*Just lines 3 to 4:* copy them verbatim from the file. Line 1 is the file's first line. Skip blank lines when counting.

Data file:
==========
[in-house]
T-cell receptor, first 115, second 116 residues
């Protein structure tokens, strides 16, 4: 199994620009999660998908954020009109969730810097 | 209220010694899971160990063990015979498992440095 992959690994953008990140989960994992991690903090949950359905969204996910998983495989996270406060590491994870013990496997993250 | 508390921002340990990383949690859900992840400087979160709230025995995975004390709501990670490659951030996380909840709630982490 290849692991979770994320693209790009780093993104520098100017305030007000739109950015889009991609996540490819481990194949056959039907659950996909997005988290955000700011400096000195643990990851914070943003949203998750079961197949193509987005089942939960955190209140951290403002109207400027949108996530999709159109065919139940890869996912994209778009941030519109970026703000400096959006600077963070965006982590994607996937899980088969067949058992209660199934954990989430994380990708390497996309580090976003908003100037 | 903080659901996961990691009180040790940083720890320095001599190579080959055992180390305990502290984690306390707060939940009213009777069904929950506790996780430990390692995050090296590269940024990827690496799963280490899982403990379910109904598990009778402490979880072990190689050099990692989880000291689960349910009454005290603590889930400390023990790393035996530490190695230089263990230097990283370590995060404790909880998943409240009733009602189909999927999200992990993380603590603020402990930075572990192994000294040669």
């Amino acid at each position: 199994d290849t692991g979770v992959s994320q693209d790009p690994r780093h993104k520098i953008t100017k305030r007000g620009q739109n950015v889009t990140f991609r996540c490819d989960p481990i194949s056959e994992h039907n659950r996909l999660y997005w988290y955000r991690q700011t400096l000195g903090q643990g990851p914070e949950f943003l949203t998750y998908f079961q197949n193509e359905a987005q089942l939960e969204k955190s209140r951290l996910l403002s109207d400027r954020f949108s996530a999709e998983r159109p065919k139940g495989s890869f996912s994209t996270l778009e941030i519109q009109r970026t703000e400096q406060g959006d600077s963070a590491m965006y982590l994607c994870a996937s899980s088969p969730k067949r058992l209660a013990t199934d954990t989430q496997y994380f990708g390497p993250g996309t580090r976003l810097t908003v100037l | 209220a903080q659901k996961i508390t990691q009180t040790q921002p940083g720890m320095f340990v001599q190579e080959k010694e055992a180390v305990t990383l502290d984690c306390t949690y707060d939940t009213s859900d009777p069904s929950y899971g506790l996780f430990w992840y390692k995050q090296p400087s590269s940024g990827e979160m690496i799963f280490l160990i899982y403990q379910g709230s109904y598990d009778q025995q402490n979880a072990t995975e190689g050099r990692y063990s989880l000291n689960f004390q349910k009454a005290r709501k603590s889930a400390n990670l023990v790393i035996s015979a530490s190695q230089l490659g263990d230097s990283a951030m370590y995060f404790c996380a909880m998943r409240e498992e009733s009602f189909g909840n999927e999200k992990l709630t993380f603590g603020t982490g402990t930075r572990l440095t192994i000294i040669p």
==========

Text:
């Protein structure tokens, strides 16, 4: 199994620009999660998908954020009109969730810097 | 209220010694899971160990063990015979498992440095 992959690994953008990140989960994992991690903090949950359905969204996910998983495989996270406060590491994870013990496997993250 | 508390921002340990990383949690859900992840400087979160709230025995995975004390709501990670490659951030996380909840709630982490 290849692991979770994320693209790009780093993104520098100017305030007000739109950015889009991609996540490819481990194949056959039907659950996909997005988290955000700011400096000195643990990851914070943003949203998750079961197949193509987005089942939960955190209140951290403002109207400027949108996530999709159109065919139940890869996912994209778009941030519109970026703000400096959006600077963070965006982590994607996937899980088969067949058992209660199934954990989430994380990708390497996309580090976003908003100037 | 903080659901996961990691009180040790940083720890320095001599190579080959055992180390305990502290984690306390707060939940009213009777069904929950506790996780430990390692995050090296590269940024990827690496799963280490899982403990379910109904598990009778402490979880072990190689050099990692989880000291689960349910009454005290603590889930400390023990790393035996530490190695230089263990230097990283370590995060404790909880998943409240009733009602189909999927999200992990993380603590603020402990930075572990192994000294040669």
């Amino acid at each position: 199994d290849t692991g979770v992959s994320q693209d790009p690994r780093h993104k520098i953008t100017k305030r007000g620009q739109n950015v889009t990140f991609r996540c490819d989960p481990i194949s056959e994992h039907n659950r996909l999660y997005w988290y955000r991690q700011t400096l000195g903090q643990g990851p914070e949950f943003l949203t998750y998908f079961q197949n193509e359905a987005q089942l939960e969204k955190s209140r951290l996910l403002s109207d400027r954020f949108s996530a999709e998983r159109p065919k139940g495989s890869f996912s994209t996270l778009e941030i519109q009109r970026t703000e400096q406060g959006d600077s963070a590491m965006y982590l994607c994870a996937s899980s088969p969730k067949r058992l209660a013990t199934d954990t989430q496997y994380f990708g390497p993250g996309t580090r976003l810097t908003v100037l | 209220a903080q659901k996961i508390t990691q009180t040790q921002p940083g720890m320095f340990v001599q190579e080959k010694e055992a180390v305990t990383l502290d984690c306390t949690y707060d939940t009213s859900d009777p069904s929950y899971g506790l996780f430990w992840y390692k995050q090296p400087s590269s940024g990827e979160m690496i799963f280490l160990i899982y403990q379910g709230s109904y598990d009778q025995q402490n979880a072990t995975e190689g050099r990692y063990s989880l000291n689960f004390q349910k009454a005290r709501k603590s889930a400390n990670l023990v790393i035996s015979a530490s190695q230089l490659g263990d230097s990283a951030m370590y995060f404790c996380a909880m998943r409240e498992e009733s009602f189909g909840n999927e999200k992990l709630t993380f603590g603020t982490g402990t930075r572990l440095t192994i000294i040669p």